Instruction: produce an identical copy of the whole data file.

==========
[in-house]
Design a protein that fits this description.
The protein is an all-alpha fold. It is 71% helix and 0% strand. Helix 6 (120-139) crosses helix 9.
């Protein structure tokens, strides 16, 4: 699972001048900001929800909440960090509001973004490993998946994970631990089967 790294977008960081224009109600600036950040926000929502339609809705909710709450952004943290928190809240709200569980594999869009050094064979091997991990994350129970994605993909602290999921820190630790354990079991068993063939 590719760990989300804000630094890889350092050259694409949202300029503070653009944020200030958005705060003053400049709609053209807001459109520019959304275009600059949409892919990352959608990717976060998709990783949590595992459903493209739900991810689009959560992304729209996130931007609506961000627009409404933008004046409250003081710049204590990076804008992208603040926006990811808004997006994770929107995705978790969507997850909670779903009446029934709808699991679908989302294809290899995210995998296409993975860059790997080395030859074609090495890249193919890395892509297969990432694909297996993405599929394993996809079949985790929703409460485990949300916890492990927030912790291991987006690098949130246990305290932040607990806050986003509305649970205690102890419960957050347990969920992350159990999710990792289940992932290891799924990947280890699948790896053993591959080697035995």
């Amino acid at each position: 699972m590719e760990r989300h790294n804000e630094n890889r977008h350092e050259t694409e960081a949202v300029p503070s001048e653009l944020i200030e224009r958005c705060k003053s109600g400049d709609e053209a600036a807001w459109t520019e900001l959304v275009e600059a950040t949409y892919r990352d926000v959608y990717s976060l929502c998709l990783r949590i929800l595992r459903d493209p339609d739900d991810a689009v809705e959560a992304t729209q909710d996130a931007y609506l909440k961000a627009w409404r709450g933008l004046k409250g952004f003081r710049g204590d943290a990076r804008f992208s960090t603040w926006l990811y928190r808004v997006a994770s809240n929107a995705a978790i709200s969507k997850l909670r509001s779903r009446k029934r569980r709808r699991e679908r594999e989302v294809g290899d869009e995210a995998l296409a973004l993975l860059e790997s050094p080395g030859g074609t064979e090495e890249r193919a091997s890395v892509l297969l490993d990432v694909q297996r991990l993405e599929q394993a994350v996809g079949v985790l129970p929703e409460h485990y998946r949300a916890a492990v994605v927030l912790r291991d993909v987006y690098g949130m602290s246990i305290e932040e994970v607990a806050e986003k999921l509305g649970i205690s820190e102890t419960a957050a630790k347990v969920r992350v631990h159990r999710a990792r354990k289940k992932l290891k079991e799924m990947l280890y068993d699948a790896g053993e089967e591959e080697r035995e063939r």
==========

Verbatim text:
[in-house]
Design a protein that fits this description.
The protein is an all-alpha fold. It is 71% helix and 0% strand. Helix 6 (120-139) crosses helix 9.
């Protein structure tokens, strides 16, 4: 699972001048900001929800909440960090509001973004490993998946994970631990089967 790294977008960081224009109600600036950040926000929502339609809705909710709450952004943290928190809240709200569980594999869009050094064979091997991990994350129970994605993909602290999921820190630790354990079991068993063939 590719760990989300804000630094890889350092050259694409949202300029503070653009944020200030958005705060003053400049709609053209807001459109520019959304275009600059949409892919990352959608990717976060998709990783949590595992459903493209739900991810689009959560992304729209996130931007609506961000627009409404933008004046409250003081710049204590990076804008992208603040926006990811808004997006994770929107995705978790969507997850909670779903009446029934709808699991679908989302294809290899995210995998296409993975860059790997080395030859074609090495890249193919890395892509297969990432694909297996993405599929394993996809079949985790929703409460485990949300916890492990927030912790291991987006690098949130246990305290932040607990806050986003509305649970205690102890419960957050347990969920992350159990999710990792289940992932290891799924990947280890699948790896053993591959080697035995």
């Amino acid at each position: 699972m590719e760990r989300h790294n804000e630094n890889r977008h350092e050259t694409e960081a949202v300029p503070s001048e653009l944020i200030e224009r958005c705060k003053s109600g400049d709609e053209a600036a807001w459109t520019e900001l959304v275009e600059a950040t949409y892919r990352d926000v959608y990717s976060l929502c998709l990783r949590i929800l595992r459903d493209p339609d739900d991810a689009v809705e959560a992304t729209q909710d996130a931007y609506l909440k961000a627009w409404r709450g933008l004046k409250g952004f003081r710049g204590d943290a990076r804008f992208s960090t603040w926006l990811y928190r808004v997006a994770s809240n929107a995705a978790i709200s969507k997850l909670r509001s779903r009446k029934r569980r709808r699991e679908r594999e989302v294809g290899d869009e995210a995998l296409a973004l993975l860059e790997s050094p080395g030859g074609t064979e090495e890249r193919a091997s890395v892509l297969l490993d990432v694909q297996r991990l993405e599929q394993a994350v996809g079949v985790l129970p929703e409460h485990y998946r949300a916890a492990v994605v927030l912790r291991d993909v987006y690098g949130m602290s246990i305290e932040e994970v607990a806050e986003k999921l509305g649970i205690s820190e102890t419960a957050a630790k347990v969920r992350v631990h159990r999710a990792r354990k289940k992932l290891k079991e799924m990947l280890y068993d699948a790896g053993e089967e591959e080697r035995e063939r």